Caregiver's Home Companion Caring for someone who has trouble hearing the phone?

Posted September 23, 2007

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Caregiving Relationship: When Mom's Jewelry Goes Missing

Q. This pertains to a caregiving relationship. A box of jewelry is missing from my mother's closet, which was reorganized by the caregiver. The caregiver takes excellent care of my parents overall, but she crossed a line several months ago in asking for a large loan from my father and did not inform us, the children. She is repaying the loan now in small amounts. I hate to think that she may have taken the jewelry.

How can I ask about it without upsetting her? Should I ask about it, since we have no proof of any kind that she might have taken it? It was on a high shelf in the closet that my frail mother could not reach on her own. My mother has moderate dementia and would not be able to give a reliable answer if we asked her about it.

Elaine L., La Canada, California.

A. It's an unfortunate fact that these kinds of things happen more often than many people realize. I am neither an attorney nor a law enforcement specialist, and this is not legal advice, but this is how I have approached this kind of dilemma in the past. If you have any doubts or questions please consult with an attorney before you do anything.

My approach is usually pragmatic: You would like to have the jewelry back, and you would like to not have to worry about the caregivers in your parents' home stealing them blind.

So, on the pragmatic side, I would not confront the caregiver until I had done a few things. I would first cook up a reason for needing the jewelry box in the next day or two. I might say something like, "Oh, that reminds me, (I/my daughter) want(s) to wear something of Mom's when I/she has a portrait made on (pick a day two or three days away). Would you stick Mom's jewelry box by the door (on the counter, etc.) so I don't forget to take it when I come by tomorrow? Give the caregiver at least overnight to retrieve the box if she, indeed, has it and the contents haven't been sold.

This might, at least, get your mother's box and contents back.

Then, if this doesn’t satisfactorily resolve the situation, you must go down an unpleasant but absolutely necessary road.

Whether the contents of the box were valuable jewelry or simply costume items, make a police report if it doesn't reappear. If you hear from the caregiver that the box can't be found, I suggest that you tell the caregiver you are puzzled, that someone must have gotten into the house, and that you will make a police report as soon as you get home. This might bring a call that the box has finally been "found."

If it doesn't show up, make the report that day. Of course, you have to do this if you want to make an insurance claim. But whether you want to make an insurance claim at this time or not, you will want an official record of the loss and descriptions of the items in case any of the pieces show up in a pawn shop.

You will also want someone experienced to question your caregiver. This is not a job you are trained to do.

Unless the police advise otherwise, also let the caregiver go that same day.

Let her go even if the jewelry box has reappeared and you have not made a police report. You will never again be able to trust her, and that is no way for your parents or for you to live. Your father will probably have to write off the "loan" as a loss and chalk it up to experience. Without proof of theft, make no accusations. Simply tell her that her services are no longer needed, effective immediately. Do this in person, and see her off the premises.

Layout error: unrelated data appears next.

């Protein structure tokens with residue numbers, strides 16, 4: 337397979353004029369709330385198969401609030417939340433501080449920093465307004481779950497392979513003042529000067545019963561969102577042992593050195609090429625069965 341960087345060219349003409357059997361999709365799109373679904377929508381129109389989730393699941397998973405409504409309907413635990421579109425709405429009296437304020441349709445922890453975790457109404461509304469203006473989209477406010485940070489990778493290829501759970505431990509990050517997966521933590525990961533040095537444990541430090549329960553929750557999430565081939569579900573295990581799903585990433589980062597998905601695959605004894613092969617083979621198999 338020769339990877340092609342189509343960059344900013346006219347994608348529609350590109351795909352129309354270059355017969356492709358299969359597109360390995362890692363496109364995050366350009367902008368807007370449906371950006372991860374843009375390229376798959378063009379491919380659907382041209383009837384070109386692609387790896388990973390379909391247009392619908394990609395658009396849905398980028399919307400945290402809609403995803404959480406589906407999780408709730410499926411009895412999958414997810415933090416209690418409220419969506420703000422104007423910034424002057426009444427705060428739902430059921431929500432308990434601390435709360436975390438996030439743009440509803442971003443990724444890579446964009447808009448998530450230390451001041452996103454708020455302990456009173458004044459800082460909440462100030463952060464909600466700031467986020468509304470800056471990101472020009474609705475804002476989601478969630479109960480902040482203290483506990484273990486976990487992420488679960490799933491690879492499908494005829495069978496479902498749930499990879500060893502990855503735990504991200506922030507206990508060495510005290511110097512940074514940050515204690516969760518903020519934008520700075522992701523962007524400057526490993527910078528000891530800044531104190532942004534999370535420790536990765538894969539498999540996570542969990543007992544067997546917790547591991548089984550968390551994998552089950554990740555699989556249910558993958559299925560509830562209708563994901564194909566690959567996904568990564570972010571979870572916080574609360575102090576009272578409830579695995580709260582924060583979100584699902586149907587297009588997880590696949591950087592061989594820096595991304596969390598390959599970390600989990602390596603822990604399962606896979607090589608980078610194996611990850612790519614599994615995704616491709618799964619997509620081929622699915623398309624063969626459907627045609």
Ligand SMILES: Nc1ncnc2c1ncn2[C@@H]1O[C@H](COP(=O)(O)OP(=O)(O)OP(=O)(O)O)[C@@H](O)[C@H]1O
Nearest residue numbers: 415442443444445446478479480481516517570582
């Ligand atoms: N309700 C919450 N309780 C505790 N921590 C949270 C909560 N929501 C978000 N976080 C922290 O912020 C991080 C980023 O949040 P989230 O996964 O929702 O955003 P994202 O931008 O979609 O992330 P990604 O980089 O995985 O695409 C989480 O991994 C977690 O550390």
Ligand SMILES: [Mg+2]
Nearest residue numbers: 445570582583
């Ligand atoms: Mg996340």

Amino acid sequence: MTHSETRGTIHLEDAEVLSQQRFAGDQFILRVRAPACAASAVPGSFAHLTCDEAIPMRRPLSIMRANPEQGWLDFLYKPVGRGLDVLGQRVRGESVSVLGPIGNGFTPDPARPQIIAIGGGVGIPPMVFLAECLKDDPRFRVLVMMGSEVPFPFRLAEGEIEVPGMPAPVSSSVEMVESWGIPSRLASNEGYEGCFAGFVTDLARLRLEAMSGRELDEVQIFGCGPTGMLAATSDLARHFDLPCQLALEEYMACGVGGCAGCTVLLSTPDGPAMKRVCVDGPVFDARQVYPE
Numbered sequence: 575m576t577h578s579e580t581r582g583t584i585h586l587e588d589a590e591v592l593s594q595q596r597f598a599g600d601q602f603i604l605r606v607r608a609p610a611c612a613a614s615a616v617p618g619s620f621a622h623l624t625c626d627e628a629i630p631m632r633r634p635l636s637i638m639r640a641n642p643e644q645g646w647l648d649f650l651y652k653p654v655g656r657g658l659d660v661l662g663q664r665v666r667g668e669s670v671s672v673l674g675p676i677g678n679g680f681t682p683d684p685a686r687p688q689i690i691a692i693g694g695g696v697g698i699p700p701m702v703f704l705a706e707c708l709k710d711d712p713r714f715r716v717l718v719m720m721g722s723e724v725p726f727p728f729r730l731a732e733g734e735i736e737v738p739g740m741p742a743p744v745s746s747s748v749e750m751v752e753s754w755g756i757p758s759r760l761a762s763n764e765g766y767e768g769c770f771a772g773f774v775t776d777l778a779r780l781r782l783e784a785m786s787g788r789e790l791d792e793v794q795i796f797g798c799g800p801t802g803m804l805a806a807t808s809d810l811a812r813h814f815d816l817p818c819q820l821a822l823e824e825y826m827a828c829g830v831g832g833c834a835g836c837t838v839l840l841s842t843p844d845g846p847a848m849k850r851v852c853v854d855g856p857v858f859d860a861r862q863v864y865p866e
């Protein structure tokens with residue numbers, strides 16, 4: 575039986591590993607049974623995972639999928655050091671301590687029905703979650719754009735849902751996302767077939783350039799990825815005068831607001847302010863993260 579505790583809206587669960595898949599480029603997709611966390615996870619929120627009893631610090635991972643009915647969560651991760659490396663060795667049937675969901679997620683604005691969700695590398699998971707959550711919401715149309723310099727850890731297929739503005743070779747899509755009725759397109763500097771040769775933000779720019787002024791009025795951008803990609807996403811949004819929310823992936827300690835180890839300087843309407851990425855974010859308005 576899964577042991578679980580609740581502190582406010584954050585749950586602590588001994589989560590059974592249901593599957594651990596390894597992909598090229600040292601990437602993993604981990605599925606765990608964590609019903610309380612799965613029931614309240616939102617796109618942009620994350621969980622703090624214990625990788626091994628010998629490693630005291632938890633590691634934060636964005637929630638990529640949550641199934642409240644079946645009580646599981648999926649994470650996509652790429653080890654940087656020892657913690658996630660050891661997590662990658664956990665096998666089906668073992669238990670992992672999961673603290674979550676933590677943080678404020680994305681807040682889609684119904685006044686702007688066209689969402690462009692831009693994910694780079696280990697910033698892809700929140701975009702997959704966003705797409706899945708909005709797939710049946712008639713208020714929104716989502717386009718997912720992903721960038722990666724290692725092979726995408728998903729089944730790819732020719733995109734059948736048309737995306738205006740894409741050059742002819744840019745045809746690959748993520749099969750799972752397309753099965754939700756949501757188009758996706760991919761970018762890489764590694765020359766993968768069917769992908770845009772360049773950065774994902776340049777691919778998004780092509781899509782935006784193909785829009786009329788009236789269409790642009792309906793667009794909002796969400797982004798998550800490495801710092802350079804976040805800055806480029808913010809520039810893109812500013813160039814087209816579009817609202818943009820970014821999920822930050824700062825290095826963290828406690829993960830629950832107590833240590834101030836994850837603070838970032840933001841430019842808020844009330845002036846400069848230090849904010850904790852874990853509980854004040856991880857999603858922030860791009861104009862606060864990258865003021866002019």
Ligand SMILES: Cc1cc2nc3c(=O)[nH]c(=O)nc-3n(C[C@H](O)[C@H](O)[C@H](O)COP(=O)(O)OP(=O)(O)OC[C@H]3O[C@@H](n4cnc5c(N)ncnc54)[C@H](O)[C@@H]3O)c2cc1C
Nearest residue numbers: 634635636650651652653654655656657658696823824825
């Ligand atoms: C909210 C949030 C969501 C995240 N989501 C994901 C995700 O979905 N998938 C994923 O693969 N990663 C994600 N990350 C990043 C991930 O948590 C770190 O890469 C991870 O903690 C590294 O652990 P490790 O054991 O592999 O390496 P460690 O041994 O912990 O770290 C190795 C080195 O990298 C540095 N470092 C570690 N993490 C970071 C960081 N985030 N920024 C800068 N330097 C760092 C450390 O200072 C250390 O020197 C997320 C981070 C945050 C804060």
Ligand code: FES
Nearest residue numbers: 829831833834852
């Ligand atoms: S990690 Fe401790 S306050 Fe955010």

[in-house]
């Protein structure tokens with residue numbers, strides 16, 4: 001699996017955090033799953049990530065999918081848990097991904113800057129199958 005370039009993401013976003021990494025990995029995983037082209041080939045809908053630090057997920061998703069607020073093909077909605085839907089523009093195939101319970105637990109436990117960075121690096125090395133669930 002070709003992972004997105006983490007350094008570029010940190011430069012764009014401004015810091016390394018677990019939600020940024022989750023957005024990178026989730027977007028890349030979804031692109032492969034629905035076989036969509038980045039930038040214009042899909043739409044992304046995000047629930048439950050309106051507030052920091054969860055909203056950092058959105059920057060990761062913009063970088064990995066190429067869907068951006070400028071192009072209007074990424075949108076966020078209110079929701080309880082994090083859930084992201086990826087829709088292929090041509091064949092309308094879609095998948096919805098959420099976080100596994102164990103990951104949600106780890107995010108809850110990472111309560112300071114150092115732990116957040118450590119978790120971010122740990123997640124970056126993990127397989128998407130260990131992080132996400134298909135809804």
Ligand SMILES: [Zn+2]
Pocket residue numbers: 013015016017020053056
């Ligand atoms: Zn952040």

If I were you I would bring along a witness, preferably unrelated, who can verify what you said and that you made no threats or accusations.

Then immediately have all the locks changed.

After you have seen her off the premises, go through the house with a fine tooth comb to see if anything else is missing. Pay particular attention to credit cards and debit cards, checkbooks (make sure all the checks are there in numerical order), small pieces of crystal, china and silver, kitchen appliances and equipment, and tools that should be in the garage or shed.

These often "go walkabout" and aren't missed for months or years. Make a list of what you can't find for the police. Even if you've gotten the jewelry box back you might find that other items are missing.

You will have the unfortunate consequence of having no caregiver for a day or two. You can call a reputable agency and have a new caregiver in place within 24 hours in most locations. A licensed agency will have done background checks, will carry insurance, and should have bonded caregivers.

You can use an agency while you search for an independent caregiver on your own, or use their services permanently. I frankly recommend that you stick with an agency because they will also take care of all the taxes and related legal annoyances that you must deal with as a direct employer. But that is a complex subject for another time.

From this point forward, move everything of value into a room that can be locked. Put a deadbolt lock on the door and do not leave the key in the house. This will both protect your parents' remaining valuables and protect any new caregivers from suspicion in case your mother or father really MIGHT misplace these things in the future.

Please do not hesitate to make a police report if anything is missing. If you don't, this caregiver will probably just move on to another unsuspecting family and start all over again.

This answer is provided by Molly Shomer, MSSW, LMSW, a family caregiving specialist and licensed geriatric care manager. Molly, a nationally recognized expert on eldercare issues, is the author of The Insider's Guide to Assisted Living. Her website is, and she can be reached at

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